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Between Marriage And The Market: Intimate Politics And Survival In Cairo

by Homa Hoodfar

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Book Description
Homa Hoodfar's richly detailed ethnography provides a rare glimpse into the daily life of Arab Muslim families. Focusing on the impact of economic liberalization policies from 1983 to 1993, she shows the crucial role of the household in survival strategies among low-income Egyptians. Hoodfar, an Iranian Muslim by birth, presents research that undermines many of the stereotypes associated with traditional Muslim women. Their apparent conservatism, she says, is based on rational calculation of the costs and benefits of working within formal and informal labor markets to secure household power. She posits that increasing adherence to Islam and taking up the veil on the part of women has been partially motivated by women's desire to protect and promote their interests both within and beyond households.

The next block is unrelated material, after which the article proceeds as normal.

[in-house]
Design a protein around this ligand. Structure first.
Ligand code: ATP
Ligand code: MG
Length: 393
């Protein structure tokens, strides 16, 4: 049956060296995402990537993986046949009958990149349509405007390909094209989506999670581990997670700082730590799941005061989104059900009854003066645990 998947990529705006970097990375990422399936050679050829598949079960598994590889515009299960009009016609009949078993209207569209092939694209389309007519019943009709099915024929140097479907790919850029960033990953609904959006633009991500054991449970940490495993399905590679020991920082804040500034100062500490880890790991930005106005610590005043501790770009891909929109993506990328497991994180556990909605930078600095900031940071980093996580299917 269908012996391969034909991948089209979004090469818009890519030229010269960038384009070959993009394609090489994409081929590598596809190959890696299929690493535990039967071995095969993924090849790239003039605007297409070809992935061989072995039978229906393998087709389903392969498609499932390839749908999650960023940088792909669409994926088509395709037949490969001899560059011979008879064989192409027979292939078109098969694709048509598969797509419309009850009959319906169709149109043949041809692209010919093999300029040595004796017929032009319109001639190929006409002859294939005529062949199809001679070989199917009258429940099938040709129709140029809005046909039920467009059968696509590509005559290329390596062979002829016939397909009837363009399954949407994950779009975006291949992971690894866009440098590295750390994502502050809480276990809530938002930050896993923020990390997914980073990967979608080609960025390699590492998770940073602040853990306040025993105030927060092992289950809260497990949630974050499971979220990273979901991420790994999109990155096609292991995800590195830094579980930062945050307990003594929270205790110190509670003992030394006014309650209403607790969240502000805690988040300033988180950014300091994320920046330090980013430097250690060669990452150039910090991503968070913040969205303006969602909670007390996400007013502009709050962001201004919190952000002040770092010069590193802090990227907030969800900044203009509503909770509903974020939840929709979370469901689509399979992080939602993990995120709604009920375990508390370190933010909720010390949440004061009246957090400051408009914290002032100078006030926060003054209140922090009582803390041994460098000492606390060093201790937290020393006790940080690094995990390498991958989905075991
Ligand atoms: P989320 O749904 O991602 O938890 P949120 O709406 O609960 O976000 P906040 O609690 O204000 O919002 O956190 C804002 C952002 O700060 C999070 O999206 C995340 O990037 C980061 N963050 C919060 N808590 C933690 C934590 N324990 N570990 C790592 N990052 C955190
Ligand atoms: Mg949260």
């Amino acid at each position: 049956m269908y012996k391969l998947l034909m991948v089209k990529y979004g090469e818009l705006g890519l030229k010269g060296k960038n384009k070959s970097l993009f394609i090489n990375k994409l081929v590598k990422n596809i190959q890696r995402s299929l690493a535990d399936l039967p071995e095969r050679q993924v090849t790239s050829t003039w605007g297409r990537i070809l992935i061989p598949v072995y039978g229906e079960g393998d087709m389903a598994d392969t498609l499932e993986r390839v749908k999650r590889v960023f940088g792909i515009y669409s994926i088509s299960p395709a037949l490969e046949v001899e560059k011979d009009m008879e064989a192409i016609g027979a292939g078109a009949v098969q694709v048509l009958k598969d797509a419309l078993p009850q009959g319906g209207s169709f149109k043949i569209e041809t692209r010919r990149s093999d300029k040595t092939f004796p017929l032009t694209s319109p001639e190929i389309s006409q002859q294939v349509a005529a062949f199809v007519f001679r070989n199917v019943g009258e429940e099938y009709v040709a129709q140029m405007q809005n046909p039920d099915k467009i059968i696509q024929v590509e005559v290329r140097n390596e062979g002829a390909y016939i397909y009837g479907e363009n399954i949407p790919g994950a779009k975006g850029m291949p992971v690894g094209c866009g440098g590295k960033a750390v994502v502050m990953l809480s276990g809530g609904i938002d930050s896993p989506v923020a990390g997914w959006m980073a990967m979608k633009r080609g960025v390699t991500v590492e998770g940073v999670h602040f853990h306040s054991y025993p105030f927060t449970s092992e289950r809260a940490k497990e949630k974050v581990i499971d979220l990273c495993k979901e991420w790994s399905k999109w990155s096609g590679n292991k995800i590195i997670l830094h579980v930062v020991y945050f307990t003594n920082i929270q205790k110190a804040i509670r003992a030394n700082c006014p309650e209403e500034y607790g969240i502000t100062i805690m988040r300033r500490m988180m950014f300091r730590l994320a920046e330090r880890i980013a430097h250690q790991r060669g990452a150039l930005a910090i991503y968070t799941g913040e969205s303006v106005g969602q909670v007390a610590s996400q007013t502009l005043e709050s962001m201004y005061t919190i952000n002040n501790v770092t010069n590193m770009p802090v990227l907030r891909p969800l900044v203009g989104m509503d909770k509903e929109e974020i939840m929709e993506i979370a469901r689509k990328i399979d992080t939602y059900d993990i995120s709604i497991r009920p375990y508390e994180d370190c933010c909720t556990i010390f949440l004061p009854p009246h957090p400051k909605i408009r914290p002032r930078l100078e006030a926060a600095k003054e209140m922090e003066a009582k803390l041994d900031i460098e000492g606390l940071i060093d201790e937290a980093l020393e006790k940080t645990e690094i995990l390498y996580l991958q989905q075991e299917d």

Card catalog description
Between Marriage and the Market takes the reader into the Muslim home for a rare and intimate glimpse of the modern-day Muslim family. An Iranian Muslim by birth, Homa Hoodfar investigates the lives of poor families in Cairo over the course of a decade's research, documenting an Arab culture seldom understood by outsiders. She goes beyond ideology and religion to show how marital politics and survival strategies play a key role in maintaining the cohesiveness of low-income families. Poor women and their households, by adopting strategies to enhance marital security and by exercising control over their labor, consumption patterns, and fertility, achieve and maintain socioeconomic status. In this way, they also exercise far-reaching influence on Egyptian economy and society.

From the Inside Flap
"There is a great need for material on the Middle East that . . . makes sense of how ordinary men and women weigh their choices, bargain, and decide what is best for themselves and their families. Hoodfar presents fascinating and original material that suggests new boundaries for what research can be considered 'economic.'"--Christine Eickelman, author of Women and Community in Oman

About the Author
Homa Hoodfar is Associate Professor of Anthropology at Concordia University.



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